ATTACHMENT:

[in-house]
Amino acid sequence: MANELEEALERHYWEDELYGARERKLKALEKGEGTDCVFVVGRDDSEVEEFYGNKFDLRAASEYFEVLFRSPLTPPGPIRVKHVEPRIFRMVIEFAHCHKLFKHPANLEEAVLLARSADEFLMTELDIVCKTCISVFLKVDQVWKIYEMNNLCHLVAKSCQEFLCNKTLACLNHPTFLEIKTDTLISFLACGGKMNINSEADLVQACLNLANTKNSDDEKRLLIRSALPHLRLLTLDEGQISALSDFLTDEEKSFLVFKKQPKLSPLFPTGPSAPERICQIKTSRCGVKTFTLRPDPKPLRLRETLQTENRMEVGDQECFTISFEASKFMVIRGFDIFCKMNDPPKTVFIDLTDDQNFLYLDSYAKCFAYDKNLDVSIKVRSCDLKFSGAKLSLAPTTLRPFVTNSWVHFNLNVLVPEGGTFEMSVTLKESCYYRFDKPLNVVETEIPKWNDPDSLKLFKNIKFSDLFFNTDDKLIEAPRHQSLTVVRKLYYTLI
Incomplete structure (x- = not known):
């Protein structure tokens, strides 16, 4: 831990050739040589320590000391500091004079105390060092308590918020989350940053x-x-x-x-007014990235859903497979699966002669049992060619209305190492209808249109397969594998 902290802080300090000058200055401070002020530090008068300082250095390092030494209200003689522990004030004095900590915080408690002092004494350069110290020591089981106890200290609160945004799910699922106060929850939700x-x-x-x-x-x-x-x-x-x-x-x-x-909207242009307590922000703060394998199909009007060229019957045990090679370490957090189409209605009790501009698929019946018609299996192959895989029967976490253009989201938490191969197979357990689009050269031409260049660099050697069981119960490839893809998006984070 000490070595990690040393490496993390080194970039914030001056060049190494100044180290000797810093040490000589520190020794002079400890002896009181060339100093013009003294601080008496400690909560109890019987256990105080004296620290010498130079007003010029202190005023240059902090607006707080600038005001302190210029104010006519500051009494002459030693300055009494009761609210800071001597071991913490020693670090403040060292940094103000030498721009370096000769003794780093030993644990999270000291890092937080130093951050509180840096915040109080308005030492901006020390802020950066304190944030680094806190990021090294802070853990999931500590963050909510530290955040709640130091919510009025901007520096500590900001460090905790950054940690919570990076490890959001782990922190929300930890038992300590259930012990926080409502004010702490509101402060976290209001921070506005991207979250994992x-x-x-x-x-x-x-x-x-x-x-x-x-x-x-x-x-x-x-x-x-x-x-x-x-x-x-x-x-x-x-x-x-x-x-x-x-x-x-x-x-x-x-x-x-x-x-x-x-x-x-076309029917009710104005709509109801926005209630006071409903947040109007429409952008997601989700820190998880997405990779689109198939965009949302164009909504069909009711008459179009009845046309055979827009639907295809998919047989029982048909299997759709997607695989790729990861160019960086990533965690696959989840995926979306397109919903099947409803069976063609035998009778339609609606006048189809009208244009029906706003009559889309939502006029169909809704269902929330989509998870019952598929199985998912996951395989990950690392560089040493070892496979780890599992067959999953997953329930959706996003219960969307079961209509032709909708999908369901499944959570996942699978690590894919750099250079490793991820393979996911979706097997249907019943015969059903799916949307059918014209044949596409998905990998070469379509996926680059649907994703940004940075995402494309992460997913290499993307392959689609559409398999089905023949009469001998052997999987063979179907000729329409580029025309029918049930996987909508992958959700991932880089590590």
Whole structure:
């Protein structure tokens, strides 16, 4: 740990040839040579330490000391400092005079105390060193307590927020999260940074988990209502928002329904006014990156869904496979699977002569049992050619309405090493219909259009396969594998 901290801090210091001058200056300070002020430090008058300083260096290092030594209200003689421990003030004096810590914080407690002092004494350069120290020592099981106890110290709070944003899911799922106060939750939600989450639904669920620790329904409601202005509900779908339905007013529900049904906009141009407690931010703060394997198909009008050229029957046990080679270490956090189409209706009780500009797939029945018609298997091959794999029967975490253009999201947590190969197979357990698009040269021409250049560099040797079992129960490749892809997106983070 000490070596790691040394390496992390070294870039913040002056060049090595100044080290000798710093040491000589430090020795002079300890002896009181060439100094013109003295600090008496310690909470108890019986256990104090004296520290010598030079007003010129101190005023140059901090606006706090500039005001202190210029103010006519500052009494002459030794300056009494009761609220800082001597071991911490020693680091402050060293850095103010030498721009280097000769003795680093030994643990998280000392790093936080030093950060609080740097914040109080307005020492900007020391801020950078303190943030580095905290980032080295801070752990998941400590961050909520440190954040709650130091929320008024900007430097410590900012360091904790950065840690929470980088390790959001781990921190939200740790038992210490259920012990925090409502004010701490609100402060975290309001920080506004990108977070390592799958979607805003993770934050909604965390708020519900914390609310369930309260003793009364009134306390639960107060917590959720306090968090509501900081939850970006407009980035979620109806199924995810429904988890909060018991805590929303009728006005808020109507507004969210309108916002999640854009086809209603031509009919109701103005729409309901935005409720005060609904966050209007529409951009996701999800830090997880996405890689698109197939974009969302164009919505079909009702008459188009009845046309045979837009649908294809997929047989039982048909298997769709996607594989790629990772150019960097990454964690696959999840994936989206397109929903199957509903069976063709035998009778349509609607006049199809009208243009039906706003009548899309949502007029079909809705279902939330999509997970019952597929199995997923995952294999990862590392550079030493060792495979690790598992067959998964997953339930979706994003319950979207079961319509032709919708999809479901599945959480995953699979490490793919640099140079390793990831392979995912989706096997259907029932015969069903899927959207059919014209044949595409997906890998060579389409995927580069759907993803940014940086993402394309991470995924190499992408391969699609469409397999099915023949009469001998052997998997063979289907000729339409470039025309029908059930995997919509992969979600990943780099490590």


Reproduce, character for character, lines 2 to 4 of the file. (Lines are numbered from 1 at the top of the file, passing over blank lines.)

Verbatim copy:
Amino acid sequence: MANELEEALERHYWEDELYGARERKLKALEKGEGTDCVFVVGRDDSEVEEFYGNKFDLRAASEYFEVLFRSPLTPPGPIRVKHVEPRIFRMVIEFAHCHKLFKHPANLEEAVLLARSADEFLMTELDIVCKTCISVFLKVDQVWKIYEMNNLCHLVAKSCQEFLCNKTLACLNHPTFLEIKTDTLISFLACGGKMNINSEADLVQACLNLANTKNSDDEKRLLIRSALPHLRLLTLDEGQISALSDFLTDEEKSFLVFKKQPKLSPLFPTGPSAPERICQIKTSRCGVKTFTLRPDPKPLRLRETLQTENRMEVGDQECFTISFEASKFMVIRGFDIFCKMNDPPKTVFIDLTDDQNFLYLDSYAKCFAYDKNLDVSIKVRSCDLKFSGAKLSLAPTTLRPFVTNSWVHFNLNVLVPEGGTFEMSVTLKESCYYRFDKPLNVVETEIPKWNDPDSLKLFKNIKFSDLFFNTDDKLIEAPRHQSLTVVRKLYYTLI
Incomplete structure (x- = not known):
């Protein structure tokens, strides 16, 4: 831990050739040589320590000391500091004079105390060092308590918020989350940053x-x-x-x-007014990235859903497979699966002669049992060619209305190492209808249109397969594998 902290802080300090000058200055401070002020530090008068300082250095390092030494209200003689522990004030004095900590915080408690002092004494350069110290020591089981106890200290609160945004799910699922106060929850939700x-x-x-x-x-x-x-x-x-x-x-x-x-909207242009307590922000703060394998199909009007060229019957045990090679370490957090189409209605009790501009698929019946018609299996192959895989029967976490253009989201938490191969197979357990689009050269031409260049660099050697069981119960490839893809998006984070 000490070595990690040393490496993390080194970039914030001056060049190494100044180290000797810093040490000589520190020794002079400890002896009181060339100093013009003294601080008496400690909560109890019987256990105080004296620290010498130079007003010029202190005023240059902090607006707080600038005001302190210029104010006519500051009494002459030693300055009494009761609210800071001597071991913490020693670090403040060292940094103000030498721009370096000769003794780093030993644990999270000291890092937080130093951050509180840096915040109080308005030492901006020390802020950066304190944030680094806190990021090294802070853990999931500590963050909510530290955040709640130091919510009025901007520096500590900001460090905790950054940690919570990076490890959001782990922190929300930890038992300590259930012990926080409502004010702490509101402060976290209001921070506005991207979250994992x-x-x-x-x-x-x-x-x-x-x-x-x-x-x-x-x-x-x-x-x-x-x-x-x-x-x-x-x-x-x-x-x-x-x-x-x-x-x-x-x-x-x-x-x-x-x-x-x-x-x-076309029917009710104005709509109801926005209630006071409903947040109007429409952008997601989700820190998880997405990779689109198939965009949302164009909504069909009711008459179009009845046309055979827009639907295809998919047989029982048909299997759709997607695989790729990861160019960086990533965690696959989840995926979306397109919903099947409803069976063609035998009778339609609606006048189809009208244009029906706003009559889309939502006029169909809704269902929330989509998870019952598929199985998912996951395989990950690392560089040493070892496979780890599992067959999953997953329930959706996003219960969307079961209509032709909708999908369901499944959570996942699978690590894919750099250079490793991820393979996911979706097997249907019943015969059903799916949307059918014209044949596409998905990998070469379509996926680059649907994703940004940075995402494309992460997913290499993307392959689609559409398999089905023949009469001998052997999987063979179907000729329409580029025309029918049930996987909508992958959700991932880089590590």